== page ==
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Serial number

A serial number is a unique number applied to a product example, as opposed to a model number or type number. Each of a series of identical products has a different serial number. The term strictly applies only to numbers that increase by one for each unit (for example, 060001, 060002, 060003), but usage has expanded the term to refer to any unique alphanumeric identifier for one of a large set of objects.

Serial numbers are valuable in quality control, as once a defect is found in the production of a particular batch of product, the serial number will quickly identify which units are affected. Serial numbers are also used as a deterrent against theft in that serial numbers can be recorded and stolen goods can be identified.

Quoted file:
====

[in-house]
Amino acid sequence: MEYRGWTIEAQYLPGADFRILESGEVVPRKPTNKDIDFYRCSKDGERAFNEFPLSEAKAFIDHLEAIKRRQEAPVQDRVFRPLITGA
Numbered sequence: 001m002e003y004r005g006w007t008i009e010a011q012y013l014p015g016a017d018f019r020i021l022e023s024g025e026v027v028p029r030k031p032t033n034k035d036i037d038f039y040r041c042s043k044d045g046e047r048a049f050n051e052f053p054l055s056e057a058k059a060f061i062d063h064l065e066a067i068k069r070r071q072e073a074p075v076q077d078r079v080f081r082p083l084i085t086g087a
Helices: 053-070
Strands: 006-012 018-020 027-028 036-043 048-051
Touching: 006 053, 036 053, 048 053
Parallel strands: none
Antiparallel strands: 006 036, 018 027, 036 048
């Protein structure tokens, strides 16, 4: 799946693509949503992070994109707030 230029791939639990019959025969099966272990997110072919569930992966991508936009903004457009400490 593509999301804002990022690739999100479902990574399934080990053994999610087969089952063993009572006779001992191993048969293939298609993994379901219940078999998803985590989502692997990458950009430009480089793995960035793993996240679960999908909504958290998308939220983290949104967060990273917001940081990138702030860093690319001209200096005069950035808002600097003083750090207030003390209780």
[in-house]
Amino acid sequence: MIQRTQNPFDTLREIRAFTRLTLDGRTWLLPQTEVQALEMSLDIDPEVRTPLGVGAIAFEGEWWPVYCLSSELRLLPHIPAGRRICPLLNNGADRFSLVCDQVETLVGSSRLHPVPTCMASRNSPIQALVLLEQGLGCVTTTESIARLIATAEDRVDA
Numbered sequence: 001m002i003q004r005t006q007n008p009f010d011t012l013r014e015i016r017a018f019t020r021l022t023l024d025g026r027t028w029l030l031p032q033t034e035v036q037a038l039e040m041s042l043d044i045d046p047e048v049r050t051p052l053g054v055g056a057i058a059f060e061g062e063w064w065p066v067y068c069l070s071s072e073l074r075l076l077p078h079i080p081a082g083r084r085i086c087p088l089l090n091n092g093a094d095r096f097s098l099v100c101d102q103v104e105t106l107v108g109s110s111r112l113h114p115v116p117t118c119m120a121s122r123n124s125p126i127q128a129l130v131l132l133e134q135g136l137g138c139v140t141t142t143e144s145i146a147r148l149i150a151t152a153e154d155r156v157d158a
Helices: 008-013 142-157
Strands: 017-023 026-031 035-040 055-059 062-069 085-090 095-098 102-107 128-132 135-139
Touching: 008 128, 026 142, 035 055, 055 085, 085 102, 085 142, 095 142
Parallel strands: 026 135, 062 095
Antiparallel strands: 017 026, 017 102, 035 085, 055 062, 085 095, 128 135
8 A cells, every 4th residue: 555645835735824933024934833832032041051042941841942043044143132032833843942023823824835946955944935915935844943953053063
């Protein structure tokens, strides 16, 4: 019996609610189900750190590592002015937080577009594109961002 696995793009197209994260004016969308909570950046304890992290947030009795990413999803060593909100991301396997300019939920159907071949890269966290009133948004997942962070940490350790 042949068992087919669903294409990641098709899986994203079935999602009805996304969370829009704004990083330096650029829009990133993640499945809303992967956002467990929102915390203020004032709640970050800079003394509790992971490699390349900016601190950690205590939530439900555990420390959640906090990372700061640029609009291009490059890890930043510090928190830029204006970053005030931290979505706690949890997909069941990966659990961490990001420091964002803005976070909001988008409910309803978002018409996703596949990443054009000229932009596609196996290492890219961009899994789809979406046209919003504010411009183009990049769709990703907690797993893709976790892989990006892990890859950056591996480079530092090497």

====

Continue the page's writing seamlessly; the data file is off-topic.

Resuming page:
Many computer programs come with serial numbers, often called "CD keys," and the installers often require the user to enter a valid serial number to continue. These numbers are verified using a certain algorithm to avoid usage of counterfeit keys. Some warez organizations supply lists of known valid serial numbers. Others will often develop a "keygen"; a program that creates a random serial number by running the installer's verification algorithm in reverse, fooling it into allowing the user to install the software without a valid licence.

Serial numbers also help track down counterfeit currency, because in some countries each banknote has a unique serial number.

See also: unique identifier